“A crisis of this magnitude, and its impact on Disney, would necessarily result in my actively helping Bob (Chapek) and the company contend with it, particularly since I ran the company for 15 years!” Iger told the New York Times in an email.

The media giant made headlines Feb. 25 when Iger stepped down, effective immediately. Chapek, chairman of Disney Parks, Experiences and Products, was named the new chief executive. Iger will stay on until the end of 2021 as executive chairman and direct Disney’s creative endeavors.

Under Iger’s 14-year-plus tenure, Disney stock soared more than 400%, or about 12% annualized. He revamped the theme parks, brought Star Wars, Marvel and Pixar into Disney’s movie universe, and launched Disney+.

Disney stock fell 2% after hours Feb. 24, the day of the announcement. But the next day, several analysts including Morgan Stanley, Citigroup and Merrill Lynch reiterated buy ratings on the stock.

Disney+ Continues To Grow

After the close Aug. 4, Disney reported a surprise fiscal Q3 profit of 8 cents a share. That’s a 94% drop from the same year-ago quarter. But analysts expected a loss of 43 cents a share.

Revenue tumbled 42% to $11.78 billion, missing Zacks Investment Research estimates for $12.65 billion. Parks revenue sank 85% to $1 billion, while movie studio revenue fell 55% to $1.7 billion.

Disney+ had 60.5 million subscribers as of Aug. 3, up from 54.5 million in early May. The media giant’s prior forecast called for 60 million-90 million subscribers by 2024.

“As our global sub numbers continue to grow, we’ve also exceeded our internal subscriber projections in every major market we’ve launched thus far,” CEO Chapek said on the earnings call. “We will continue our international expansion with the launch of Disney+ in the Nordics, Belgium, Luxembourg and Portugal in September and in Latin America this November.”

Humble Beginnings

It’s hard to believe the $261 billion market cap behemoth started out in 1923 as Disney Brothers Cartoon Studio, by Walt and his brother, Roy O. Disney. Highlights along the way included Disney’s first sound film, “Steamboat Willie,” in 1928, its first feature-length animated film, “Snow White and the Seven Dwarfs” in 1937, and a foray into television in 1950.

In 1955, Walt’s theme park came into fruition as Disneyland in Anaheim. A second location in Orlando, Fla., was announced in 1965. The following year, Walt passed away, leaving Roy in charge. Walt Disney World opened in 1971, two months before Roy’s death. But the company kept growing.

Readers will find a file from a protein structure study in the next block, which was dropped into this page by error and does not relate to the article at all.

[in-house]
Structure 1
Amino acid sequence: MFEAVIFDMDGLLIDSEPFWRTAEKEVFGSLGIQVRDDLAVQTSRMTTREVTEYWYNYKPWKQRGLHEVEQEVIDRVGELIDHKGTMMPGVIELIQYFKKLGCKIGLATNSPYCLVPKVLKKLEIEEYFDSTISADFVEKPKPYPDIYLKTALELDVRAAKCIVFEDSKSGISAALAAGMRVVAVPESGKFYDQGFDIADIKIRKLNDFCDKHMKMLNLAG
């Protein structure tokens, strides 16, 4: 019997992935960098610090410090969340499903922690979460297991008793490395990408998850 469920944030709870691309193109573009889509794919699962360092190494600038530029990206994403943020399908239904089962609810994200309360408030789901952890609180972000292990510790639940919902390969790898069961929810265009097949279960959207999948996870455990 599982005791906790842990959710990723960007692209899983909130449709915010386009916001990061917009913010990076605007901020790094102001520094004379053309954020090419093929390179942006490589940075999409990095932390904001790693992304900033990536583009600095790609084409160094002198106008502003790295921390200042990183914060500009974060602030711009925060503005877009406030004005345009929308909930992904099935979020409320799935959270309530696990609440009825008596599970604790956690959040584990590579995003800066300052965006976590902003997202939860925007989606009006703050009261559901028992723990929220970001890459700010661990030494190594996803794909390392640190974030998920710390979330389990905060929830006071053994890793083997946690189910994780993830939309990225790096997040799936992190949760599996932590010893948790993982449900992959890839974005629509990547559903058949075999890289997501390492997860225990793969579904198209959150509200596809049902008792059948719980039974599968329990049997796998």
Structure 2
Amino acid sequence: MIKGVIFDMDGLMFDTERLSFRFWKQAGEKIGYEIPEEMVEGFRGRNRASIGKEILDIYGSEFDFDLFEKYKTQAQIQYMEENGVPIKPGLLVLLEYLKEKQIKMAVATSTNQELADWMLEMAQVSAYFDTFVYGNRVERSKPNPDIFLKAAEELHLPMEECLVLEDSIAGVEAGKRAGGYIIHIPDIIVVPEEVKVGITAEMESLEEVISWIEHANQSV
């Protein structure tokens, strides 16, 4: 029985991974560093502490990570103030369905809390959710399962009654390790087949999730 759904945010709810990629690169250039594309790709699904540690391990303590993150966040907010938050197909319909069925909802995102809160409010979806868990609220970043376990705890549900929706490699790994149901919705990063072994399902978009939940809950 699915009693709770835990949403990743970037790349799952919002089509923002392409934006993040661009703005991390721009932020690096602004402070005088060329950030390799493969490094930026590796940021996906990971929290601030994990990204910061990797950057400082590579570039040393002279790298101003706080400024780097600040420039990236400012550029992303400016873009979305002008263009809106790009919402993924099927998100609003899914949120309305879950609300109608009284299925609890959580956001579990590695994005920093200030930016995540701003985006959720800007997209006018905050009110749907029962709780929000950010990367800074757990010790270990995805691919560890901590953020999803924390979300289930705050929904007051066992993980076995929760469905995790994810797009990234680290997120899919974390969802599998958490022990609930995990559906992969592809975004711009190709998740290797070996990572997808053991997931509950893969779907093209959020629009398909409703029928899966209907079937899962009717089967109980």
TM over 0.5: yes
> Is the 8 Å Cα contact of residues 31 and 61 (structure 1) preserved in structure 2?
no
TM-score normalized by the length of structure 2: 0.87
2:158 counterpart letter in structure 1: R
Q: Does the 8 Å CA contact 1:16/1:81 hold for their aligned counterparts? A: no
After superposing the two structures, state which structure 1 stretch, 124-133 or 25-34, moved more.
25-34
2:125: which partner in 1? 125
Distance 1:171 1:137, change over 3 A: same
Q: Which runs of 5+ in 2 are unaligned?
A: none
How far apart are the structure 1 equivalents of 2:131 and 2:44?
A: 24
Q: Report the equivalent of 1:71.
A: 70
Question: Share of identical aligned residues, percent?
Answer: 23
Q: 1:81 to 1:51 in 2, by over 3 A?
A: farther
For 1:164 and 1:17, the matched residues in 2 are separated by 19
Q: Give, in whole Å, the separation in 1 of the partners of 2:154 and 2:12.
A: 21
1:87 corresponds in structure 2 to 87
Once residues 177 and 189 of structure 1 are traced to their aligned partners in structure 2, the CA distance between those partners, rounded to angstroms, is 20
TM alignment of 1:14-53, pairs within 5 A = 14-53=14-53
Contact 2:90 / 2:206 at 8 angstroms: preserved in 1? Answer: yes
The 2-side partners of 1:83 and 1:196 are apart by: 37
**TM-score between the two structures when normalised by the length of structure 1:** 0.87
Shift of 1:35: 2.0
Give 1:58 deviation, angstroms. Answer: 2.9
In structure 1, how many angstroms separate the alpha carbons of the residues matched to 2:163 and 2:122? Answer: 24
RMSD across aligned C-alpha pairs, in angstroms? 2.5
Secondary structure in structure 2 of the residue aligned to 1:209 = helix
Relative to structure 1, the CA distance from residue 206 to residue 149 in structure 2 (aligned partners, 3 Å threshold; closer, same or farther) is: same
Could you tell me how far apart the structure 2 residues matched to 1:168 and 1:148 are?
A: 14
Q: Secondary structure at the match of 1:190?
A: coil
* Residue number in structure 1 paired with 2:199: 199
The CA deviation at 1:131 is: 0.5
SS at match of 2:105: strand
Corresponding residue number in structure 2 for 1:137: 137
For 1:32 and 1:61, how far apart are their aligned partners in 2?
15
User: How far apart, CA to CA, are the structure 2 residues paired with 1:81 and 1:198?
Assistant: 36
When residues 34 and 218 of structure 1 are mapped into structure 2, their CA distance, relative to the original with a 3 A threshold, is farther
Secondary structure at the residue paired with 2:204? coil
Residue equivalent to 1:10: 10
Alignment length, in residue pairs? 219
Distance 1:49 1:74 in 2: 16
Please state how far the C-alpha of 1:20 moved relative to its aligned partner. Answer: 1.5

During the fiscal year ended in September, the theme park and media giant generated nearly $70 billion in sales.

Disney Stock Fundamentals — And Earnings

IBD Stock Checkup assigns Disney a 41 Composite Rating, which combines key fundamental and technical metrics in a single score. The media giant ranks 11th in the 26-stock Media-Diversified group, based on that rating.

A 21 Earnings Per Share Rating reflects a five-year earnings growth rate of -1%, which includes a flat result in fiscal 2017 and a 19% drop in fiscal 2019. Analysts expect a 74% EPS drop in the current fiscal year ending in September, followed by a 73% increase in fiscal 2021, according to FactSet.

Is Disney Stock A Buy?

After breaking out from a flat base and rising to record highs in November, Disney stock tumbled more than 40% during the coronavirus market crash. It found a bottom on March 18 and has been trending mostly higher since.

Shares traded along the 50-day moving average and shaped a flat base with a 127.92 buy point. The base is part of a larger pattern, according to MarketSmith chart analysis.

On Aug. 5, following the earnings surprise, the stock cleared the buy point in heavy trade. It closed the session slightly below the entry, but broke out again the next day, in weak volume.

On Sept. 21, Disney stock gapped down and fell below its 50-day moving average as the broader market sold off. That brought it back below the 127.92 buy point. It’s been hitting resistance near the 50-day line since.

So, Disney stock is no longer in potential buy zone. It could retake the buy point again, though all purchases are highly risky with the market in correction. And its 21 EPS Rating and 41 Composite Rating are well below the 80 minimum of most leading growth stocks.

But Disney stock remains one to watch as it holds close to a buy point.

Follow Nancy Gondo on Twitter at @IBD_NGondo